Almost 50 years ago, as many as a million Berliners crammed into the town hall square of Schöneburg, a suburb in West Berlin. The crowds – framed by grey post-war apartment blocks – cried out elatedly as President John F. Kennedy stepped up to his podium.
This was JFK’s headland speech, one that would define perceptions of the United States for most Germans and many Europeans for decades; one that would also render JFK a German hero.
“When all are free, then we can look forward to that day when this city will be joined as one and [so will]this country and this great continent of Europe in a peaceful and hopeful globe,” Kennedy said, amidst the June sunshine.
On the campaign trail in 2008, Democratic candidate Barack Obama stepped into JFK's shoes. Not long after the 45th anniversary of Kennedy’s speech, Obama stood in front of the Siegesäule, built to mark a nineteenth century German military victory. Like Kennedy, for Obama, Berlin symbolised liberty.
“This city, of all cities, knows the dream of freedom,” Obama said. “People of the world – look to Berlin!”
This was a triumphant address. That day, Berlin residents again turned up to listen; thousands crammed into the Tiergarten, the city’s most prominent park.
That afternoon was less a campaign speech than a rock concert. Venders sold German-American memorabilia and bratwursts.
The day provided Obama’s campaign with a poll bounce, just months before he surged into the White House. And the trip looked like providing a turnaround in US/European relations, too. The Bush era, during which Europe’s biggest powers rowed with Washington, seemed over. The old NATO partnership appeared back on track.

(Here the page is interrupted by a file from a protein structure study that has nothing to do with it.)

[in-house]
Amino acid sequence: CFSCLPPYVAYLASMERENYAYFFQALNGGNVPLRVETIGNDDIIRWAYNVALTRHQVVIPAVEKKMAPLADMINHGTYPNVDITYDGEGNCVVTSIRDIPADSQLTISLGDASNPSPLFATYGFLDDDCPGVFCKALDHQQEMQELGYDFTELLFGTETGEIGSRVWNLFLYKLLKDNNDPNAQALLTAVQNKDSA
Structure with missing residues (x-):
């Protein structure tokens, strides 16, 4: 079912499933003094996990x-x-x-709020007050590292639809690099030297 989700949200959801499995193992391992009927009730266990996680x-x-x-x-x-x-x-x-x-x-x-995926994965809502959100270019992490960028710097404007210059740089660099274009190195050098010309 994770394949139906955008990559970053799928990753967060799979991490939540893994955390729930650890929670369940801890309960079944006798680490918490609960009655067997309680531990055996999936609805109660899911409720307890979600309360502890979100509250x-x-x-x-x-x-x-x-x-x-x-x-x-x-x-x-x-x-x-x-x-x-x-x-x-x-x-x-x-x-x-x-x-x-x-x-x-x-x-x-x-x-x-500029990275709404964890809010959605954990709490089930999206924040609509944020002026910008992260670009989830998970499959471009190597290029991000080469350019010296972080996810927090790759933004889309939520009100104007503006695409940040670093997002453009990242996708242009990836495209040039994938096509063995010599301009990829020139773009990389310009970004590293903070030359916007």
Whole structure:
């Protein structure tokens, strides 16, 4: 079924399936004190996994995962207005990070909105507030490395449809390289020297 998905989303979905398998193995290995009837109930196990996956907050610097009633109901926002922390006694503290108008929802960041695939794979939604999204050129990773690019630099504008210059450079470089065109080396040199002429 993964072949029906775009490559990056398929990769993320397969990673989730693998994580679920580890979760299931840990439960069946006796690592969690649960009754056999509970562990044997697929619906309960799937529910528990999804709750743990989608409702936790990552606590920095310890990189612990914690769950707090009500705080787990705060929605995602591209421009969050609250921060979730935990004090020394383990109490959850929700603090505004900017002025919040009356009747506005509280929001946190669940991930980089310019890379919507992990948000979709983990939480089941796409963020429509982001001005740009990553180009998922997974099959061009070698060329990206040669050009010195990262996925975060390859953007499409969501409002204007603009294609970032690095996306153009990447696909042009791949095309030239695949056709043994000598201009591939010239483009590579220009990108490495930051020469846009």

Since then, Obama has not returned to Berlin. But in March, he announced another cross-Atlantic trip.
The tour, which will kick off with a G8 summit in Northern Ireland, was back then expected to be dominated by talks concerning European politics’ never-ending debt cliffhanger.
But now, with the trip just days away, Obama is mired in crisis over the US government’s surveillance program.
Leaks by former CIA employee Edward Snowden have revealed the US secret services are privy to big communications companies’ data. The NSA’s intelligence gathering is on a massive scale, and – Snowden insists – US spies are subject to little oversight when requesting that data.
British media reports about the program have provoked outrage in Germany. The country has the strictest data protection laws in Europe. Simultaneously, the NSA is reportedly doing more snooping on American ally Germany than on any other European nation.
That has caused concern here; with its history of Nazi and Stasi spying, Germany has been quick to restrict data collection by big internet corporations. German authorities have allowed German citizens to opt out of having photos of their houses taken for Google Street View. And Germany’s leading credit rating service had to halt a project to rate individuals creditworthiness partly based on Facebook data, following protests.
But now the NSA scandal has revealed that US security services are collecting wads of data on Germans. Indeed, the US programs “threaten Germans with spy attacks”, comments the Frankfurter Allgemeine Zeitung.
“Anyone who has a Facebook account, uses Google, checks out videos on YouTube or phones people using Skype is possibly being screened,” the conservative German daily says. “Big data – those mounds of data online, the mapping of anyone and everyone – has a flipside: His name is Big Brother.”
It’s not just Germans that are worried by “Datagate”. Dailies elsewhere in Europe have also been condemning the US programs.